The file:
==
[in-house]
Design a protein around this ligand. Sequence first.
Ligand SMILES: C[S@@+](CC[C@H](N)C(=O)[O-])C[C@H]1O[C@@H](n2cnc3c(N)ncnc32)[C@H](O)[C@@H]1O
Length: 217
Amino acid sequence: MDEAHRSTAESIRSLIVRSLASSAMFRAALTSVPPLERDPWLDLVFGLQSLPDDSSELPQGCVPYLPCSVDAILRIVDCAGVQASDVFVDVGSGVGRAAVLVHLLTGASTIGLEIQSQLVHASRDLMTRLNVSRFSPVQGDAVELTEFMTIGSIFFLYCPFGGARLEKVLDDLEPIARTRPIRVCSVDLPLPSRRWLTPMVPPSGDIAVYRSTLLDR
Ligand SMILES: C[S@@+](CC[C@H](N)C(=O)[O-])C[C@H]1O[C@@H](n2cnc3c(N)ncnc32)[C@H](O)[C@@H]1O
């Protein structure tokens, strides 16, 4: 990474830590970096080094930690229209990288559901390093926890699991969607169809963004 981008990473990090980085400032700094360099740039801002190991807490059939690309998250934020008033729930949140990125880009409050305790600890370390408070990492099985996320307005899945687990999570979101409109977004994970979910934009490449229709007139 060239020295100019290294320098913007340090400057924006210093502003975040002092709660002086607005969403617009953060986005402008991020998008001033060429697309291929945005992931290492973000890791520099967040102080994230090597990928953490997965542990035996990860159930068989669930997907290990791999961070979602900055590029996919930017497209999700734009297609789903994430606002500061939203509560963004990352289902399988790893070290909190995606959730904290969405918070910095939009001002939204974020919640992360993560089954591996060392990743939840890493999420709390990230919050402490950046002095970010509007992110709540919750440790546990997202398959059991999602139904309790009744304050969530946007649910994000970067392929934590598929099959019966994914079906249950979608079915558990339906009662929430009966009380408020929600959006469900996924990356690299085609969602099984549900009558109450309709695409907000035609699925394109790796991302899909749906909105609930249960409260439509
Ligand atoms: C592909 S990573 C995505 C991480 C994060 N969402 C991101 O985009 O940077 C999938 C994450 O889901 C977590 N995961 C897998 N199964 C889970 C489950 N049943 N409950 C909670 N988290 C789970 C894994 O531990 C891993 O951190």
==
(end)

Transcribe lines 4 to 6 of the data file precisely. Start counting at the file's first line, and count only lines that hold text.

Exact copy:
Length: 217
Amino acid sequence: MDEAHRSTAESIRSLIVRSLASSAMFRAALTSVPPLERDPWLDLVFGLQSLPDDSSELPQGCVPYLPCSVDAILRIVDCAGVQASDVFVDVGSGVGRAAVLVHLLTGASTIGLEIQSQLVHASRDLMTRLNVSRFSPVQGDAVELTEFMTIGSIFFLYCPFGGARLEKVLDDLEPIARTRPIRVCSVDLPLPSRRWLTPMVPPSGDIAVYRSTLLDR
Ligand SMILES: C[S@@+](CC[C@H](N)C(=O)[O-])C[C@H]1O[C@@H](n2cnc3c(N)ncnc32)[C@H](O)[C@@H]1O